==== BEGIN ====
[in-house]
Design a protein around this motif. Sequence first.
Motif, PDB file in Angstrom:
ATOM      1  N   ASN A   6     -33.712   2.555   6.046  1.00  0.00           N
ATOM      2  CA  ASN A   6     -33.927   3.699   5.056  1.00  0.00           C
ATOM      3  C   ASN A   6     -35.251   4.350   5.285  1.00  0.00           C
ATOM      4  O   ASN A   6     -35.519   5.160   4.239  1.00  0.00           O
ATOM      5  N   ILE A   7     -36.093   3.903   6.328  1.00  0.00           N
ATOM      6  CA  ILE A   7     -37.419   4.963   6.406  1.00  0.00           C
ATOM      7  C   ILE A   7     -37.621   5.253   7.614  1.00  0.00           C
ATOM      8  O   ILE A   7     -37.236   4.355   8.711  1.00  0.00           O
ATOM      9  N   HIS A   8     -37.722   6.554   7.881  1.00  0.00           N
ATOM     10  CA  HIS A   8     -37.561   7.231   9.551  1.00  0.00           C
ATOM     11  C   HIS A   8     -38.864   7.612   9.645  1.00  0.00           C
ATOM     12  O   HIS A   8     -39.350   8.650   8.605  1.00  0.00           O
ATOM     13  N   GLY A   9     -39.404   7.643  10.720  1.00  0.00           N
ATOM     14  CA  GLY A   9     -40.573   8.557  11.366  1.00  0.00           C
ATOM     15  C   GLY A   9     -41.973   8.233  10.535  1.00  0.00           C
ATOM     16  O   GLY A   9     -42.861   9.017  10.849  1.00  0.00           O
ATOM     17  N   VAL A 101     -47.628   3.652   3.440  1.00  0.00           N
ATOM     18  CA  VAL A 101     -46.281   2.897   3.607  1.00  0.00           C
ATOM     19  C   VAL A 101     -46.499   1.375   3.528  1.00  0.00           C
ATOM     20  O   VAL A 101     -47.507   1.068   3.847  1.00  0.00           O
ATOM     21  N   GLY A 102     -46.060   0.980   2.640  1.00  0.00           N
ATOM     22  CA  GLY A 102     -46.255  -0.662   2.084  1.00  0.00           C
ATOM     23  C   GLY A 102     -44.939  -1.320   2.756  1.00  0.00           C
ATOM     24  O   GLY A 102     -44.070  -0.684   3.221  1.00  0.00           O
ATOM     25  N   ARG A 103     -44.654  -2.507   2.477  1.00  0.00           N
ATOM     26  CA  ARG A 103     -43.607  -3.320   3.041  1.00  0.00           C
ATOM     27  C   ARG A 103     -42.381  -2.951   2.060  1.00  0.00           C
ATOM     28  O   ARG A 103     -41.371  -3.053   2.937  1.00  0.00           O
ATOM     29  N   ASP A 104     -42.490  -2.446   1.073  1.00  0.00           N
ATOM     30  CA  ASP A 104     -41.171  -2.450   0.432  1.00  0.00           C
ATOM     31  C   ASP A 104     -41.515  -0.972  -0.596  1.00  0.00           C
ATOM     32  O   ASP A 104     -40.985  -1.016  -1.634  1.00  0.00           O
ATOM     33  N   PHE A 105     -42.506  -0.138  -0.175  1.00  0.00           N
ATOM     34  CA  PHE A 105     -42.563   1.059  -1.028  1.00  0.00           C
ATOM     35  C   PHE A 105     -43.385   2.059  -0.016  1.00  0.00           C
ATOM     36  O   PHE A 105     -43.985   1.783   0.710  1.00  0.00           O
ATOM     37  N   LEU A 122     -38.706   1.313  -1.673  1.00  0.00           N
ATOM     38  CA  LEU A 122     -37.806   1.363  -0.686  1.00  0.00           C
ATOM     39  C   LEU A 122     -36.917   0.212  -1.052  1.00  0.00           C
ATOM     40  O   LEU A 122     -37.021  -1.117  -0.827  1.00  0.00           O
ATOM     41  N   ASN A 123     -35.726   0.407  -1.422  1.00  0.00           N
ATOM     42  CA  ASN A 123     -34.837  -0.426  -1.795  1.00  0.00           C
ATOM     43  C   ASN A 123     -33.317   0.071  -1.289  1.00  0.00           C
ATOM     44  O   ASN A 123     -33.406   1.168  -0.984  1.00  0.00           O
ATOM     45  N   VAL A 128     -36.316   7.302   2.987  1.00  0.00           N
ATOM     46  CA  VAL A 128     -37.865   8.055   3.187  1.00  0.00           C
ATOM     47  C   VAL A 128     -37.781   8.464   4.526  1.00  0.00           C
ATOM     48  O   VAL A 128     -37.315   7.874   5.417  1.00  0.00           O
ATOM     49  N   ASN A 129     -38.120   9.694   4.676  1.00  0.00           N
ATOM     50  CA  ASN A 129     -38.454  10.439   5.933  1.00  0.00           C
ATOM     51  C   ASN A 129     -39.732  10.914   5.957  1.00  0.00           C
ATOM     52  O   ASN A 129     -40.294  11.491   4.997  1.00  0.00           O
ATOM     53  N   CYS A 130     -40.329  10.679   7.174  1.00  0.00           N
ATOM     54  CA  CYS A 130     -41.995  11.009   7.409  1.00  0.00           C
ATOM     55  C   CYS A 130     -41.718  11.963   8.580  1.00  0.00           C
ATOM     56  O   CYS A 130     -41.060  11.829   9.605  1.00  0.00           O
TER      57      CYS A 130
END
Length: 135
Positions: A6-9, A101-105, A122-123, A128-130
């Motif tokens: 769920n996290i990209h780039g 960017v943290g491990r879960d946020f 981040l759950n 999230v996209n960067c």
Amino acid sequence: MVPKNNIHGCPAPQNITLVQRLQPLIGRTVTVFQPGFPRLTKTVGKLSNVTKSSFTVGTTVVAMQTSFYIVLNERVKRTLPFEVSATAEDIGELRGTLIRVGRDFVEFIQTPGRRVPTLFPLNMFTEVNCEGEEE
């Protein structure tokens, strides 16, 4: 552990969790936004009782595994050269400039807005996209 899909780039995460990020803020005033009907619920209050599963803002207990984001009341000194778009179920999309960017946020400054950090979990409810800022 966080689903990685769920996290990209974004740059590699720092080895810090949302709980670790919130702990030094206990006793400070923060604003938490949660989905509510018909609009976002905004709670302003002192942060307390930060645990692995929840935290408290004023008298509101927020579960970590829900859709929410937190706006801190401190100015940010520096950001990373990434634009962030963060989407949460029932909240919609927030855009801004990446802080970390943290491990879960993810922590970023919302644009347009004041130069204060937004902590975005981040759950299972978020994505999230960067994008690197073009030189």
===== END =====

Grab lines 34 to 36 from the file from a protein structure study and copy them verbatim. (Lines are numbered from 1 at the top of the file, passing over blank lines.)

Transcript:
ATOM     31  C   ASP A 104     -41.515  -0.972  -0.596  1.00  0.00           C
ATOM     32  O   ASP A 104     -40.985  -1.016  -1.634  1.00  0.00           O
ATOM     33  N   PHE A 105     -42.506  -0.138  -0.175  1.00  0.00           N